Storing Alcohol before a party

storing alcohol

Before a party, the refrigerator can fill up quickly. And even more so, when you have an event outdoors you refrigeration options are limited – and for how long will things keep cold? Luckily, extra refrigeration space can come in the form of a refrigerated truck or mobile cold room. In this post, we talk about refrigerating and storing alcohol they’re at their best.

Beer and wine are especially sensitive to changes in temperature. The risk of damaging the product because of freezing is increased because the alcohol content lowers the freezing point, and bottles can explode. On the other side, high temperatures can negatively impact the oxidation of wine.

Wine: Though most red wines are served at room temperature, they will quickly develop off flavours unless refrigerated; simply pull the bottle out of the fridge about 30 minutes before serving. Once opened, wine should be consumed within a few days.


Beers/ciders/ales of greater alcohol content are generally not intended to be appreciated at very cold temperatures, however don’t freeze them – due to the different freezing points of alcohol versus water – you are effectively distilling the drink – making the remaining liquid higher in alcohol content. Beer is often been designed to release their full flavour and taste at room temperature and to chill them is to effectively neutralise these subtleties. Heat and light are the enemies of beer. Keep it cool; keep it dark; keep it upright (unlike wine).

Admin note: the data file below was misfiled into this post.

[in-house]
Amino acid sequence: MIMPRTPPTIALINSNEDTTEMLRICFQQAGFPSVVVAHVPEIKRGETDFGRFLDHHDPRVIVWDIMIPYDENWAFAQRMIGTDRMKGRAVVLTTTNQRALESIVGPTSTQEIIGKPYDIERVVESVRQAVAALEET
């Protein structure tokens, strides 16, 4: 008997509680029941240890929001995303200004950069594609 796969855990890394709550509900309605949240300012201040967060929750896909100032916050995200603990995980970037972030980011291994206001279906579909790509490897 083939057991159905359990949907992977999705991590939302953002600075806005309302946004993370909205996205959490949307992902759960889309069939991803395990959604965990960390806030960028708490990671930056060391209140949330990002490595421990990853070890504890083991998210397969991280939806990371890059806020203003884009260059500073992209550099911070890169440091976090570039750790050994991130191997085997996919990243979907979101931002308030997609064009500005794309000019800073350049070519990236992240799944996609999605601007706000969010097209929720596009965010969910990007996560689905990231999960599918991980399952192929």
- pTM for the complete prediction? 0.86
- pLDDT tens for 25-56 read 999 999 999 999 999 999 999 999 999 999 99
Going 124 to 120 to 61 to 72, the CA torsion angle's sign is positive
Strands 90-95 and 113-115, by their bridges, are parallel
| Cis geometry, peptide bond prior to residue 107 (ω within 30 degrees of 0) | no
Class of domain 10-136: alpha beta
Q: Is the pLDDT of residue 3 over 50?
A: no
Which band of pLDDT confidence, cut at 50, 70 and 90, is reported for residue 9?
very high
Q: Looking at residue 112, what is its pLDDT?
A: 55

Whisky: It is not recommended to store in a refrigerated area as doing so can change its chemistry in undesirable ways, although Cask strength whiskey/whisky is less vulnerable to this than standard consumer offerings.  

General: There is no single answer to address the thousands of alcoholic drinks out there, it is also highly dependent on one’s personal preferences. But generally speaking –

  • The more upfront the flavour of a drink is (e.g. fruit-based drinks) the more suitable they are for chilling while retaining their intended taste. The more subtle or layered the flavour, the less suitable.
  • Clear spirits – since they do not have much taste to begin with – are better candidates for chilling then complexly flavoured drinks such as whiskey or e.g. dark rum.